[35.1] Et adloquente adhūc Agricolā mīlitum ārdor ēminēbat, et fīnem ōrātiōnis ingēns alacritās cōnsecūta est, statimque ad arma discursum. [35.2] Īnstīnctōs ruentēsque ita disposuit, ut peditum auxilia, quae octo mīlium erant, mediam aciem firmārent, equitum tria mīlia cornibus adfunderentur. Legiōnēs prō vāllō stetēre, ingēns victōriae decus citrā Rōmānum sanguinem bellandī, et auxilium, sī pellerentur. [35.3] Britannōrum aciēs in speciem simul ac terrōrem ēditiōribus locīs cōnstiterat ita, ut prīmum agmen in aequō, cēterī per adclīve iugum cōnexī velut īnsurgerent; media campī covinnārius eques strepitū ac discursū complēbat. [35.4] Tum Agricola superante hostium multitūdine veritus nē simul in frontem simul in latera suōrum pugnārētur, dīductīs ōrdinibus, quamquam porrēctior aciēs futūra erat et arcessendās plērīque legiōnēs admonēbant, prōmptior in spem et firmus adversīs, dīmissō eqūō pedes ante vexilla cōnstitit.

    Overview: Agricola's speech is received with enthusiasm; alignment of the Roman army; Agricola takes command in person. (Stuart); this chapter begins on f. 62r of the codex Aesinas.


    adhūc = etiam nunc. (Stuart)

    ēminēbat ... cōnsecūta est: notice the difference of tense. (Pearce)  mīlitum ārdor ēminēbat: "the enthusiasm of the soldiers rose to a high pitch." The effect of a general's speech is often described in similar terms ... . (Gudeman)

    alacritās: see note on 33.1. (Stuart)

    statimque ad arma discursum: sc. est. (Damon); "there was a sudden rush to arms." (Gudeman)


    īnstīnctōs: "in high feather." (Gudeman); "roused," as in 16.1. (Damon)

    octo mīlium: genitive of description. (Pearce) [A&G 345.b]

    mediam aciem firmārent: "should make a strong centre." See 14.3. (Pearce)

    adfunderentur: the word is used metaphorically to express the dispatch with which the cavalry was moved into position. Translate: "were thrown into position on." (Stuart)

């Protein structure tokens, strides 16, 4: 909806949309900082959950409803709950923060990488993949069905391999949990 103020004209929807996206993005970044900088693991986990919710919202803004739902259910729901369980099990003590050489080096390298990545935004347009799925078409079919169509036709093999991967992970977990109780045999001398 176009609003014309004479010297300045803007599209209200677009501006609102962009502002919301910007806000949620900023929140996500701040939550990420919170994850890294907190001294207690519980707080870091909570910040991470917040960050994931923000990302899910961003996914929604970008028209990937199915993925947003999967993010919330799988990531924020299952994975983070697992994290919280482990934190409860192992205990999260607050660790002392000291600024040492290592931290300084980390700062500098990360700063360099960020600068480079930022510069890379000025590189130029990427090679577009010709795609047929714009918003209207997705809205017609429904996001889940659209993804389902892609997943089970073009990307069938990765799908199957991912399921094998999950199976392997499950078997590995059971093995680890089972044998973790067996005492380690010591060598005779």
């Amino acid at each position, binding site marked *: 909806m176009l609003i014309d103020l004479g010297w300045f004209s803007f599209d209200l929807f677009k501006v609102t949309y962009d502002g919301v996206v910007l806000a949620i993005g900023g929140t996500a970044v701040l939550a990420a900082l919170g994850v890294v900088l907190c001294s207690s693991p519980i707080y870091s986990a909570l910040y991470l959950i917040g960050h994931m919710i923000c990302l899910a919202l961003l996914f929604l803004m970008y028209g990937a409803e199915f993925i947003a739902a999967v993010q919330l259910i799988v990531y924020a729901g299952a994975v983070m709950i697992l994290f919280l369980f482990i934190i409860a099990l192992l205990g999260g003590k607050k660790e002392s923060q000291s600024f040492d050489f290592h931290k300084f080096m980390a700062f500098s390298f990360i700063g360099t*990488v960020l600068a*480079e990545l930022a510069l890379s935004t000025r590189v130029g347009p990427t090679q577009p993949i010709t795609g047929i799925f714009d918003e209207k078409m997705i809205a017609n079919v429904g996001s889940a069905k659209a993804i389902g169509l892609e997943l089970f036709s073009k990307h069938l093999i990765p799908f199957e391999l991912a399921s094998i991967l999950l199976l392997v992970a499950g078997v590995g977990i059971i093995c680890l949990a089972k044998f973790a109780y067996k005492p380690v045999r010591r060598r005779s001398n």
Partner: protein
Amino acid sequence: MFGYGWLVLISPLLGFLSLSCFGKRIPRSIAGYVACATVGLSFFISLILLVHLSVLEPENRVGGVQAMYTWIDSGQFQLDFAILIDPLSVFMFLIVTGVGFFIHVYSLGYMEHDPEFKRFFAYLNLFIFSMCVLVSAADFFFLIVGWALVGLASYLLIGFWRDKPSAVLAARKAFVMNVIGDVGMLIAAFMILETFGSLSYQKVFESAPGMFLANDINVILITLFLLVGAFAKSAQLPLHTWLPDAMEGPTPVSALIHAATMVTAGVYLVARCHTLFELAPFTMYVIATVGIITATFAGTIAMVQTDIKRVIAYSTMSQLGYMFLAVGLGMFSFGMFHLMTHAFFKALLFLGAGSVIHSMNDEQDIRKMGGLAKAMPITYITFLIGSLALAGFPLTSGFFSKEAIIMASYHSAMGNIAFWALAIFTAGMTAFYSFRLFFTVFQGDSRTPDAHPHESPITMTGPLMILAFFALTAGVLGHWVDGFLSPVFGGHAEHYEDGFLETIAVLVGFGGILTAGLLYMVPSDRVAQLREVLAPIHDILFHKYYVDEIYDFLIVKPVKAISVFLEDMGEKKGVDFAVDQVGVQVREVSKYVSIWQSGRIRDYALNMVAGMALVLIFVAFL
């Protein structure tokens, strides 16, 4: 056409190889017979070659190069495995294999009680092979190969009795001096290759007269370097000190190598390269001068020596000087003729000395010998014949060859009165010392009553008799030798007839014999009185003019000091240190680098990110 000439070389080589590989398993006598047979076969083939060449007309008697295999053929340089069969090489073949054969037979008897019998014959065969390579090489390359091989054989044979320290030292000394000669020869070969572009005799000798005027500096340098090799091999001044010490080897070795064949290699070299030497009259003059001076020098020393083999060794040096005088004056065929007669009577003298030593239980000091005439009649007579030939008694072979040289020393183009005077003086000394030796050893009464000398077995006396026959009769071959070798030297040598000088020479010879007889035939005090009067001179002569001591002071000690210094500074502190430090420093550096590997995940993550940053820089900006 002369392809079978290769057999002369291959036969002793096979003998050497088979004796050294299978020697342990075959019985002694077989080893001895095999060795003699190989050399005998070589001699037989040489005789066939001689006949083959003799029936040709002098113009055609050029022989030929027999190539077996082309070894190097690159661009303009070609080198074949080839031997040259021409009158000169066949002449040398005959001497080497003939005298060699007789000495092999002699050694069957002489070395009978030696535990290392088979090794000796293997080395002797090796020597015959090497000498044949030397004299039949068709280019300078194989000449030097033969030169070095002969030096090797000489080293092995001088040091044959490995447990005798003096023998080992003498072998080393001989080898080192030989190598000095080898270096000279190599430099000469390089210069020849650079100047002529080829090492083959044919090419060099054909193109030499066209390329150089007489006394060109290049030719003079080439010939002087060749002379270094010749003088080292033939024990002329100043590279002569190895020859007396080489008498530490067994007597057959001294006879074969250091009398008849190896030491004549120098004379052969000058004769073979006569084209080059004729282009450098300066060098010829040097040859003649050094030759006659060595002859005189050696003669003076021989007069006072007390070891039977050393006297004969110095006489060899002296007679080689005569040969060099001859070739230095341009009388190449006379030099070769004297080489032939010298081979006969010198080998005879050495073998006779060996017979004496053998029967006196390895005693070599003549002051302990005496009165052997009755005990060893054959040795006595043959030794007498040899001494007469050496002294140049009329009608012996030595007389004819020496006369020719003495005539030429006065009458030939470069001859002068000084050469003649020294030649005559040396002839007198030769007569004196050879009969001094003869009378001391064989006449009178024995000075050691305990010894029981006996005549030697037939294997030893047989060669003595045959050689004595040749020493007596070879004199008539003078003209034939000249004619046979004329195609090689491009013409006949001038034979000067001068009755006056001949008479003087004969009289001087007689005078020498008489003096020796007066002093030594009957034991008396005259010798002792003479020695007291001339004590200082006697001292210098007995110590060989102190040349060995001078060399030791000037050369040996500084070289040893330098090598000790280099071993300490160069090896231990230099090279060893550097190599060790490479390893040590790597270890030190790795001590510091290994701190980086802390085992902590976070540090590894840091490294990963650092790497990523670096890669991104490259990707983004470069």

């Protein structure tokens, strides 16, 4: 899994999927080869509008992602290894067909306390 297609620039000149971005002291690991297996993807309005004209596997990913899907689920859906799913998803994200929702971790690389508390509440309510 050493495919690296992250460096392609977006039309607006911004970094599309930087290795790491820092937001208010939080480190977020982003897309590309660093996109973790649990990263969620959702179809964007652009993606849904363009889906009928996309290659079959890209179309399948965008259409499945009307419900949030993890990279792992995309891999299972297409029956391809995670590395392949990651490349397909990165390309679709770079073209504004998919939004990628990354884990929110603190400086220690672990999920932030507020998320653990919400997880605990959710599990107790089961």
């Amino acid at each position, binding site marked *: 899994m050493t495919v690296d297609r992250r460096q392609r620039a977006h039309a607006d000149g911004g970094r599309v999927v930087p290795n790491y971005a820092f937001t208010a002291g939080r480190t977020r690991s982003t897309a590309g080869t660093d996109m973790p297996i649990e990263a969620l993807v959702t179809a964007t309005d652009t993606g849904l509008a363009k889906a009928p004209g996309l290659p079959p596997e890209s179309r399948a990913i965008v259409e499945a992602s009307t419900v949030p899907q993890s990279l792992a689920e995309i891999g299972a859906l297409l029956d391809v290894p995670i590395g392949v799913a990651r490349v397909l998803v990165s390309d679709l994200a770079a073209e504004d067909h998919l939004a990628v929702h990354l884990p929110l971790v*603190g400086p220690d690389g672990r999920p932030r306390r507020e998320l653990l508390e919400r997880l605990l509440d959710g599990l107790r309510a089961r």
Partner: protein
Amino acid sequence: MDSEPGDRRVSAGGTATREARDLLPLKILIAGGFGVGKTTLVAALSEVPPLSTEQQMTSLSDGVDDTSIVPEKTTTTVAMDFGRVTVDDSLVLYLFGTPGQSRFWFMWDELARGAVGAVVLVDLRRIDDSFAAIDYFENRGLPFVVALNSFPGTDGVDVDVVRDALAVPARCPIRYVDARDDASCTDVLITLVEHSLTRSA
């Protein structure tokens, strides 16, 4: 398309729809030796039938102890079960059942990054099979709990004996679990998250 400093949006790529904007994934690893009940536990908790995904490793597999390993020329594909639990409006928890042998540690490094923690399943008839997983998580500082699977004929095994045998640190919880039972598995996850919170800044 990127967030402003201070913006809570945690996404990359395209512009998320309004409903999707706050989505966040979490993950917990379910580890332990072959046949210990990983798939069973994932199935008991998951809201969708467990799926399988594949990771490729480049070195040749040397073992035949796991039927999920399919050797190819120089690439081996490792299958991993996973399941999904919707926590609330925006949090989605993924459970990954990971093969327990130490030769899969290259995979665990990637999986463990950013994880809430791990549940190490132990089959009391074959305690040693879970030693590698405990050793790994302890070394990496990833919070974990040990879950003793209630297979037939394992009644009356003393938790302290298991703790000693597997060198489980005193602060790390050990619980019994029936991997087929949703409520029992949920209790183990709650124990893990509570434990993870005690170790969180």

legiōnēs: Agricola had with him three legions, and possibly four. In either case, however, they were not present in full strength, since contingents must have been left in England to guard the camps. A conservative estimate would allow him 15,000 legionaries and a total army of about 28,000. (Stuart)

    prō: "in front of." (Stuart)

    ingēns victōriae decus: victoriae, dative; like victoribus in 33.5 = "if they conquered." It corresponds to si pellerentur. (Pearce)  victōriae: "in case of victory." (Stuart)  decus: in apposition with the whole idea of the preceding sentence; "an arrangement which would secure him the honor." (Stuart) [A&G 282]  decus, etc.: to gain a victorious battle without shedding the blood of Roman legionaries enhanced the glory, while in the emergency of a repulse of the non-Roman auxiliaries they, with strength unimpaired, were in position to turn disaster into success. (Gudeman)

    citrā = sine. See note ch. 1.3. (Gudeman)

    Rōmānum: of Roman citizens, since the legionaries were Romans in a political sense merely. (Stuart)

    bellandī: explanatory genitive, telling in what the glory consists. (Stuart) [A&G 345, with citra Romanum sanguinem as the requisite modifier]; depends on decus, which it explains: "the glory, namely, of an action fought without shedding Roman blood." (Pearce)

    auxilium: in apposition with legiones only (and not with the whole sentence legiones ... stetere like decus above). (Pearce)

    pellerentur: sc. auxilia, which, though easily supplied from the context, would probably have been expressed had not auxilium preceded (Gudeman)


    in speciem simul ac terrōrem: observe that what Calgacus had warned against and ridiculed, ne terreat vanus adspectus et ... fulgor (ch. 32.3), is here asserted to have been resorted to by the Caledonians themselves. Terror is the result of species, and simul is used to indicate their belief that cause and effect would be virtually coincident. (Gudeman) 

    in aequō: sc. consisteret, to be supplied from the preceding constiterat. (Gudeman)

    cōnexī: "in solid ranks." (Stuart); "in close array." (Gudeman)